4 Ways to Breeze Through the Holidays

How to Get Through the Holidays and Not Wreak Havoc on Your Mind & Body

The holiday season can be both a blessing and a curse, so it’s important to learn how to avoid holiday stress. Time with family and friends, a sense of unity and the spirit of giving can lift us up and refresh us for the year ahead.

But overdoing it can cause mental and physical distress. Stress, loneliness, anxiety and depression are at an all-time high during the holidays and it is very easy to get caught up in over-scheduling, over-spending and overindulging.

This year, commit to controlling your holidays instead of letting them control you. Make a plan and stick to it – no matter the outside pressure to push your limits. Know your personal “triggers”, do what you can to avoid them, and use these 4 tips on how to avoid holiday stress.

Stress is going to happen but keeping as many areas of your life as manageable as possible will help.

4 Tips for Avoiding Holiday Stress

    1) Set A Sensible Schedule

    Just because the holidays are here once again doesn’t mean you don’t still have to work, take the kids to activities, cook regular meals and wash the laundry.

    Getting talked into baking hundreds of cookies for the school bake sale, volunteering to do all the costume alterations for the church pageant or attending every party and gift exchange for six weeks straight is going to have to be carefully worked into your already hectic schedule. how to avoid holiday stress

    This is when the word “NO” comes in handy.

    Before you commit to anything, let the person making the request know you will confirm or decline within the next couple of hours.

    You want to help but make sure you aren’t going to cause a ripple effect of chaos in your own life by saying yes if you truly don’t have the time.

    Schedule the “musts” in ink and the “maybes” in pencil. Don’t forget to leave yourself breathing room.

    2) Call a Truce

    If you have no choice other than to interact with family, friends or co-workers with whom you have differences, do everything within your power to limit face-time and hold your tongue if at all possible.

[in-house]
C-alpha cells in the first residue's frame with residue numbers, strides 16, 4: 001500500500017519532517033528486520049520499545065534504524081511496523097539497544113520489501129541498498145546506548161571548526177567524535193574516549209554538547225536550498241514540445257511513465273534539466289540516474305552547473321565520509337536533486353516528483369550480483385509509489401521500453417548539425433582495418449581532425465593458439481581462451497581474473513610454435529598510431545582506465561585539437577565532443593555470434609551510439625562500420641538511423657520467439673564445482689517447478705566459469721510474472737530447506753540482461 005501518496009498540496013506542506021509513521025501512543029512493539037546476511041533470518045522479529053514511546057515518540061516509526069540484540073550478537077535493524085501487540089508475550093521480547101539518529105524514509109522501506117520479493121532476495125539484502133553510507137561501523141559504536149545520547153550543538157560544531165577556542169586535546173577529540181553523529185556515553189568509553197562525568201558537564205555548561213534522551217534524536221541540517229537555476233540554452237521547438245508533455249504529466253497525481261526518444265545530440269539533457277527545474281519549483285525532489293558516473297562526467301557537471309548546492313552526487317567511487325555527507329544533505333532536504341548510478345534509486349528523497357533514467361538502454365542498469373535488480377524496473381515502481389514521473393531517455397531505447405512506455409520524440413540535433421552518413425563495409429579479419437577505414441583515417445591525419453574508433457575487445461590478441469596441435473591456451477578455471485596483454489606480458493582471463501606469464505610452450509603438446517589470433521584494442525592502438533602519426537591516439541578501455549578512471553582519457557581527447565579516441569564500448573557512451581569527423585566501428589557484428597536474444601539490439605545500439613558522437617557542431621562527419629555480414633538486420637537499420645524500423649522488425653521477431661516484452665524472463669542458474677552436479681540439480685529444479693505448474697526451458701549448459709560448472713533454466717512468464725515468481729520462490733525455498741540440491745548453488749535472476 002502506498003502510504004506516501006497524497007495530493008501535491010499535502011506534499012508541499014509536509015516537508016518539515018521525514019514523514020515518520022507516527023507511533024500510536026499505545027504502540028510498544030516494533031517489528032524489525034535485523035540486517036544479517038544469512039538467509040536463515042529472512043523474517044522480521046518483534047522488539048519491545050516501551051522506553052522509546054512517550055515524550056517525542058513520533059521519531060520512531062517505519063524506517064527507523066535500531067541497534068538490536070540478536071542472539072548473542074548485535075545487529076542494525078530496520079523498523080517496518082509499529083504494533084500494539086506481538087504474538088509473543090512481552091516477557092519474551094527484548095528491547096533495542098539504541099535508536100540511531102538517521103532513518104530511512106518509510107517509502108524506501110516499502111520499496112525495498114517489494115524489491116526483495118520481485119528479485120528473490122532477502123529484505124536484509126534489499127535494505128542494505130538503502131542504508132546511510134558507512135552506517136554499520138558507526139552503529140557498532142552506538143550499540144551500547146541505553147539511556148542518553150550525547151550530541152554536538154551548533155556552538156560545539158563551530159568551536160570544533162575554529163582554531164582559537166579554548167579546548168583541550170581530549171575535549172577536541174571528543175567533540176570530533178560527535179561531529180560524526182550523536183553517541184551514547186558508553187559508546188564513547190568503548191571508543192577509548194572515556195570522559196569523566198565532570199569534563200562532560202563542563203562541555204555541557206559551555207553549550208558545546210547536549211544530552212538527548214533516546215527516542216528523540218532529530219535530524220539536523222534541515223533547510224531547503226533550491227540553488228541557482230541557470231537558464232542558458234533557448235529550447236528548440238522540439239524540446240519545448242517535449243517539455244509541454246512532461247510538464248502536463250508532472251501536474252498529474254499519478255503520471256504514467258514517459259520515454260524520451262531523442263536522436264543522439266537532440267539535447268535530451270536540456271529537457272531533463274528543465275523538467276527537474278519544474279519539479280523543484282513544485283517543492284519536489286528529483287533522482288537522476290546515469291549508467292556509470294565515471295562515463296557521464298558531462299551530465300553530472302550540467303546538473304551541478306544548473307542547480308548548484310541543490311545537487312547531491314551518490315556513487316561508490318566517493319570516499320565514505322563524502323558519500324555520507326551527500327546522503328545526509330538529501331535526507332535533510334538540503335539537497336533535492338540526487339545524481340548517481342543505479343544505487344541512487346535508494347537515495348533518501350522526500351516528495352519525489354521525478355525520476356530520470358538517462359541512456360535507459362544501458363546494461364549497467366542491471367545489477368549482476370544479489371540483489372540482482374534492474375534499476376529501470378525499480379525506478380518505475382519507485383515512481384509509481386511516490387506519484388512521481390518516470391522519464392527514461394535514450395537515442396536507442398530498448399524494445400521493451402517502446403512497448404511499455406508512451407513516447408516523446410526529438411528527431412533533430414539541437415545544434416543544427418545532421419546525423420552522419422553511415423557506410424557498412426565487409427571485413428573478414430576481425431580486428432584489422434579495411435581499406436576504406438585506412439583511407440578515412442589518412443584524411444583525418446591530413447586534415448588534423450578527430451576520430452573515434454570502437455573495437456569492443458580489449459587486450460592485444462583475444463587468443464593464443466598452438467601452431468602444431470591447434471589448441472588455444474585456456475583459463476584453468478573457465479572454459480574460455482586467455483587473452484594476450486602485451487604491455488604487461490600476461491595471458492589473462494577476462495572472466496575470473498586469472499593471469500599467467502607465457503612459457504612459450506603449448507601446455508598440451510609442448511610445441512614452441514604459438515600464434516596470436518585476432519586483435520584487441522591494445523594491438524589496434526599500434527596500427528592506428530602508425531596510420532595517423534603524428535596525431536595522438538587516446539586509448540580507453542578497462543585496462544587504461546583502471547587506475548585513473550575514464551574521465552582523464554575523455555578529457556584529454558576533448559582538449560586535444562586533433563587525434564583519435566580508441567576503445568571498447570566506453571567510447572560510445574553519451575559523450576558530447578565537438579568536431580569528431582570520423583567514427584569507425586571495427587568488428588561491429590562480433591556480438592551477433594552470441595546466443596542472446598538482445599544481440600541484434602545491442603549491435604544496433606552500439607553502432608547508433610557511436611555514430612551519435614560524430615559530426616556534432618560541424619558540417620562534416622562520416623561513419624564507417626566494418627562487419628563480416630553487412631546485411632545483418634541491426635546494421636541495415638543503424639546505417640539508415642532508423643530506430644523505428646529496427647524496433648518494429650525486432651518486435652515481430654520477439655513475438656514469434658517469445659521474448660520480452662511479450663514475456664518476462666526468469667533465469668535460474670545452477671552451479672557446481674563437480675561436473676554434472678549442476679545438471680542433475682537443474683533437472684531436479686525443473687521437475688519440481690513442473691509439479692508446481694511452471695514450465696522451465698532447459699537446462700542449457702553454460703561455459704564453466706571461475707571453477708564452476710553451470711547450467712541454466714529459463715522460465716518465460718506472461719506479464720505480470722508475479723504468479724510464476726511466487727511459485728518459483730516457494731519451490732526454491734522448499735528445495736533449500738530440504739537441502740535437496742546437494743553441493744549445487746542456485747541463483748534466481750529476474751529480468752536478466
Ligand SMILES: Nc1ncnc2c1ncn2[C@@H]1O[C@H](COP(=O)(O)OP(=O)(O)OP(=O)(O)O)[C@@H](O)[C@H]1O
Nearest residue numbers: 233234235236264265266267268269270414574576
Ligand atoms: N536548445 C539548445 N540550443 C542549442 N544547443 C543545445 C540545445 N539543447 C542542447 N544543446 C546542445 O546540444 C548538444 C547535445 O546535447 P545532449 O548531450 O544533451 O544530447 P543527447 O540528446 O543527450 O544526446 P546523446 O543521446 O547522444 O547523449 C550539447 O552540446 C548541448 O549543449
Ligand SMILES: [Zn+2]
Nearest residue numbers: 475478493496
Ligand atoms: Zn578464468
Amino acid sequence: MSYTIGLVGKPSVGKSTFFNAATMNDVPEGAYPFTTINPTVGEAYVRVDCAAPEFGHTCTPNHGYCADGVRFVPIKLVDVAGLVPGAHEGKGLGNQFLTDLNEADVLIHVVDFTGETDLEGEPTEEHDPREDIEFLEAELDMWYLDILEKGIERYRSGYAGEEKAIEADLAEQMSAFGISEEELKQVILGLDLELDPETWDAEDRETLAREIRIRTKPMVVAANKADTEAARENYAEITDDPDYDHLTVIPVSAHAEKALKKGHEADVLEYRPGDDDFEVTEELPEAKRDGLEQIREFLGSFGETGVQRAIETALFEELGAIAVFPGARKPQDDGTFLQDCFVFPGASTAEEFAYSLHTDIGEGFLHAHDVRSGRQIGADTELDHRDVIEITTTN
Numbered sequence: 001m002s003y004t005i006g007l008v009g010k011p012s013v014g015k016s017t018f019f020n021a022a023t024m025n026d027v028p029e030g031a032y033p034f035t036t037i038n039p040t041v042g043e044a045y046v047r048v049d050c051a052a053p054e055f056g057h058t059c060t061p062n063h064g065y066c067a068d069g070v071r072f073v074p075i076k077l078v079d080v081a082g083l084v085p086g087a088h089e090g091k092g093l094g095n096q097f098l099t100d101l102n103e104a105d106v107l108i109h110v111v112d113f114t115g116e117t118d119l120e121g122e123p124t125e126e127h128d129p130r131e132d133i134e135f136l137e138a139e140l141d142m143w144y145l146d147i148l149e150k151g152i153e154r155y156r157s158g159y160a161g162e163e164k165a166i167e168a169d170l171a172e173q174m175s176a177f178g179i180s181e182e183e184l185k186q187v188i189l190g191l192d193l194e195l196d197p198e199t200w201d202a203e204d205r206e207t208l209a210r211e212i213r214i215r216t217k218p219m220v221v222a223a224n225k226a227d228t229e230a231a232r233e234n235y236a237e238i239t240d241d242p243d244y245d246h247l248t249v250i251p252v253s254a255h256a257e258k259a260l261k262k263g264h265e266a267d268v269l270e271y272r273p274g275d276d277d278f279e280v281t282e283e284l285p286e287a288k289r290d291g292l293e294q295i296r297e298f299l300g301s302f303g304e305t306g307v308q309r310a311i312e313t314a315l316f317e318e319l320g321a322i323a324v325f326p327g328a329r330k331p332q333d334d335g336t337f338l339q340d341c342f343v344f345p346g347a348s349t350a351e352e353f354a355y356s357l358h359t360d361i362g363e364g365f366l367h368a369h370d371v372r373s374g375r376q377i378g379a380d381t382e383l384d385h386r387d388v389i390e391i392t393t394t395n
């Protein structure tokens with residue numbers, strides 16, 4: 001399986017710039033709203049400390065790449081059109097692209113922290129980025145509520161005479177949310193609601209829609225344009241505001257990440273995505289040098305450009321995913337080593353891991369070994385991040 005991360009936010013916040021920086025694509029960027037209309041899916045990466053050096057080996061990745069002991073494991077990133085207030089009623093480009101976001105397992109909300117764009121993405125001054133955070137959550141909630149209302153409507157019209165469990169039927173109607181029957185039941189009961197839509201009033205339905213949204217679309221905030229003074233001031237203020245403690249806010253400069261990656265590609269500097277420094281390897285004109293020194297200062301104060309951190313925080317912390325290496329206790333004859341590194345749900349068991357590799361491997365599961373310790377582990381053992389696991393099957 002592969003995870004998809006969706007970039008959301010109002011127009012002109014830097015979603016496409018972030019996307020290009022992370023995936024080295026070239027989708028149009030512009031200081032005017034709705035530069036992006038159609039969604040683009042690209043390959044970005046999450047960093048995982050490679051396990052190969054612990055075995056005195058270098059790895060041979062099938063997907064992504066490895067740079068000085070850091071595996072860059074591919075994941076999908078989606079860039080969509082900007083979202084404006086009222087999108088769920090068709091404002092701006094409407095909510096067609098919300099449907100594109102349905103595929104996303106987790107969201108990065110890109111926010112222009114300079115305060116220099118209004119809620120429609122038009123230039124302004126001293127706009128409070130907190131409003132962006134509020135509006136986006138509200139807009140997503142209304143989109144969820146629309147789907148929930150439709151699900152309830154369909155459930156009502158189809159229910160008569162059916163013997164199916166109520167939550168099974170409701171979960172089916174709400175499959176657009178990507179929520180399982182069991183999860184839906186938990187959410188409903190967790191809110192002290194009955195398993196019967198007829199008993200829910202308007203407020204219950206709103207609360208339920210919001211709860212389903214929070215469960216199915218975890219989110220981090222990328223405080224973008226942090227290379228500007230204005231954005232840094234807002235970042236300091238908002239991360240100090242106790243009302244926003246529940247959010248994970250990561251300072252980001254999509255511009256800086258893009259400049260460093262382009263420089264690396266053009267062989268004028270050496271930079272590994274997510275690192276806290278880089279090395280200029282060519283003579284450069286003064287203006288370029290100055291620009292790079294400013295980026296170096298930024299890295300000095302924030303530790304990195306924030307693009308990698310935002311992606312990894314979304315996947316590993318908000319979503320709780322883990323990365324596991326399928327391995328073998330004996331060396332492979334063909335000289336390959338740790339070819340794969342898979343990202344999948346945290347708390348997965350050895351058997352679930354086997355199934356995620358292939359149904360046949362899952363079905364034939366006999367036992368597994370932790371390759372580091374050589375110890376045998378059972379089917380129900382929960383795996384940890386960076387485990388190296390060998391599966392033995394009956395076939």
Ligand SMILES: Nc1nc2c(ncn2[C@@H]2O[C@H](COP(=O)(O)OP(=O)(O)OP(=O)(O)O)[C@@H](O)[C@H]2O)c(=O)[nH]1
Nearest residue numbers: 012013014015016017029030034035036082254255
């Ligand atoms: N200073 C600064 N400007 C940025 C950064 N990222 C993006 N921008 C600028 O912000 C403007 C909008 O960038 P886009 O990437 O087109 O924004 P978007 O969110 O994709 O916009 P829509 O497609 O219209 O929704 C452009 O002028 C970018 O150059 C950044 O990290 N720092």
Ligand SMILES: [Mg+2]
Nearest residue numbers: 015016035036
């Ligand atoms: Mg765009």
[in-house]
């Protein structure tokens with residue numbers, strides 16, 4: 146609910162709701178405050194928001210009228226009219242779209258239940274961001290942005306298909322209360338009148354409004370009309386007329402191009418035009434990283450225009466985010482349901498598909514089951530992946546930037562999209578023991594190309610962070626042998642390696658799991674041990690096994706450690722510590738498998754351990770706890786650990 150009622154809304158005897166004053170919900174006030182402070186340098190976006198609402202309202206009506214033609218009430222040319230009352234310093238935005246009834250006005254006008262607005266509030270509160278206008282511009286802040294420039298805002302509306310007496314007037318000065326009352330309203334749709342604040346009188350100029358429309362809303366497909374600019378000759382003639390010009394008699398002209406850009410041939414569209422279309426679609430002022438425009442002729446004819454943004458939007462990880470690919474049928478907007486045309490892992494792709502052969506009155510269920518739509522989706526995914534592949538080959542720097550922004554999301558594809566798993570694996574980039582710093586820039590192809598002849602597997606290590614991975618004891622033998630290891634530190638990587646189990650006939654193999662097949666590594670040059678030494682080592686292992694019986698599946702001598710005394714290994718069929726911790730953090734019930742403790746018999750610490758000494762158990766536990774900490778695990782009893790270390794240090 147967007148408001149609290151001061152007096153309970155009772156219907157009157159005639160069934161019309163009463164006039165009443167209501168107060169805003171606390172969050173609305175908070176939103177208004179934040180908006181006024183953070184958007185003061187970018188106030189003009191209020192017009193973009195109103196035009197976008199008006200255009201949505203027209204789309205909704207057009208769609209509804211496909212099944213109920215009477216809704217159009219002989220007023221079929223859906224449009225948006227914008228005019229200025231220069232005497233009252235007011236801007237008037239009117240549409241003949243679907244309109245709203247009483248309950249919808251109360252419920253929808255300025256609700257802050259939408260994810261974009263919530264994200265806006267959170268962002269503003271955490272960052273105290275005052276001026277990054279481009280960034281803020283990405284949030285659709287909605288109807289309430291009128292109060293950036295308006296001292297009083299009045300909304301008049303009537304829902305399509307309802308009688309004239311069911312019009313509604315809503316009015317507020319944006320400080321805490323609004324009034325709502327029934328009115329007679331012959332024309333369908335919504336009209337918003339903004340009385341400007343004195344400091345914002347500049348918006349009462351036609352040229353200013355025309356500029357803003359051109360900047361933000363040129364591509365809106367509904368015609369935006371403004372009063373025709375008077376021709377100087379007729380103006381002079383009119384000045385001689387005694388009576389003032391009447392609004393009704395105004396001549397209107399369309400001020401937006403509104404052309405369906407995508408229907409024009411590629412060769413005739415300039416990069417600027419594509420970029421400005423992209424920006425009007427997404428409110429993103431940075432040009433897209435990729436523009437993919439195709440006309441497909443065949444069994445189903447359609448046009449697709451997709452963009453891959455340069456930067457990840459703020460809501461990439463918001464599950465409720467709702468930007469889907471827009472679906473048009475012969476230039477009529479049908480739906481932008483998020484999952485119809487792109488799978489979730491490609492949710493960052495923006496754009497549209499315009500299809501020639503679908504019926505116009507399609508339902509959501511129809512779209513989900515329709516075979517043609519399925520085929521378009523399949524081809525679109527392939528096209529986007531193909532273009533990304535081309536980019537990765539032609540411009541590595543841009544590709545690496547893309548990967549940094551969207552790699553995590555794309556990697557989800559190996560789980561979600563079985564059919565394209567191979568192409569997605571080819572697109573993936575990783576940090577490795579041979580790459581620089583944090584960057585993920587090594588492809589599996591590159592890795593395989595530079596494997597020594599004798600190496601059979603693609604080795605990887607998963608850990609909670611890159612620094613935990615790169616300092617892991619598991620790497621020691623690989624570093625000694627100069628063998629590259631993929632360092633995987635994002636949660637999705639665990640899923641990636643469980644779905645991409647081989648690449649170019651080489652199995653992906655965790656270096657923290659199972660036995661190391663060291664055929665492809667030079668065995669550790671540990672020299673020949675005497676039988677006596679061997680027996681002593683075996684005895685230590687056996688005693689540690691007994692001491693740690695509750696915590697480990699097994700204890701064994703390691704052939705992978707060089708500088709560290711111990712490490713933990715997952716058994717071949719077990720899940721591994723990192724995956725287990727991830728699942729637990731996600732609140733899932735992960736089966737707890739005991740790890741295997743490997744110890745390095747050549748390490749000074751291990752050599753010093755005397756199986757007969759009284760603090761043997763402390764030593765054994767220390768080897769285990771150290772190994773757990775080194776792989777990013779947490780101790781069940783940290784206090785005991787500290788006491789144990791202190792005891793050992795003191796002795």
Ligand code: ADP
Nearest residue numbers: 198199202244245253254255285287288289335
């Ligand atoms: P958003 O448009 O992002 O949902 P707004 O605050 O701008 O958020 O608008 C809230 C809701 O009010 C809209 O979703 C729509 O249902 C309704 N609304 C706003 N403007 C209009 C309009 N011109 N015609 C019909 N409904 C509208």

Give peace a chance. Extending an olive branch – or at least refusing to engage in fresh confrontation – will help you avoid stress.

    A family gathering or special occasion is not the place to air out your problems. Just let things happen naturally, without pushing or forcing. You may be surprised; it could change things for the better in years to come.

    3) Know When to Say When

    During the holiday season, it seems someone is always offering fresh brownies, homemade candy or spiked eggnog. Celebrate but listen to your body. Too much sugar – including alcohol – can make you feel sluggish and cause mood swings.

    Consume food and drink in moderation, and know when your digestive system has had enough.

    Don’t give up on your regular exercise program just because holiday insanity is in full swing.

    Exercise not only helps you process those high-sugar, high-fat foods more efficiently, but it also helps regulate your mood. Nothing puts things in perspective like a walk or a yoga class. Take the time you need for you and come back energized.

    4) Curb Spending!

    According to the American Psychological Association (APA) money worries account for 60%-80% of holiday stress. Gift-buying (if done at all) should be carefully monitored with a specific list of items in mind and a strict budget.

    Prioritize who you’re buying for and ask yourself why you feel the need to spend money you don’t have.

    Consider giving the gift of your time. Teaching a child to craft or visiting with an elderly relative is worth more in memory points than something you buy and wrap, and is usually far more appreciated.

    For those gifts you can’t do without, try shopping online instead of visiting stores. This practice may discourage impulse buys. No one in your life should receive a gift out of guilt or a sense of obligation.

    You can stop the cycle of buying followed by months of regret as your regular living expenses try to recover from holiday shopping. It isn’t worth it.


Helping others during the holidays quickly puts your own stress and depression in perspective. Visiting with people who are lonely or unable to leave their homes due to health reasons pulls focus from your stress.

Nothing is as fulfilling as simply showing up and giving of your time, energy and personality—a completely free gift that could make all the difference in how you avoid holiday stress.

And isn’t the gift of yourself really what the holidays are all about?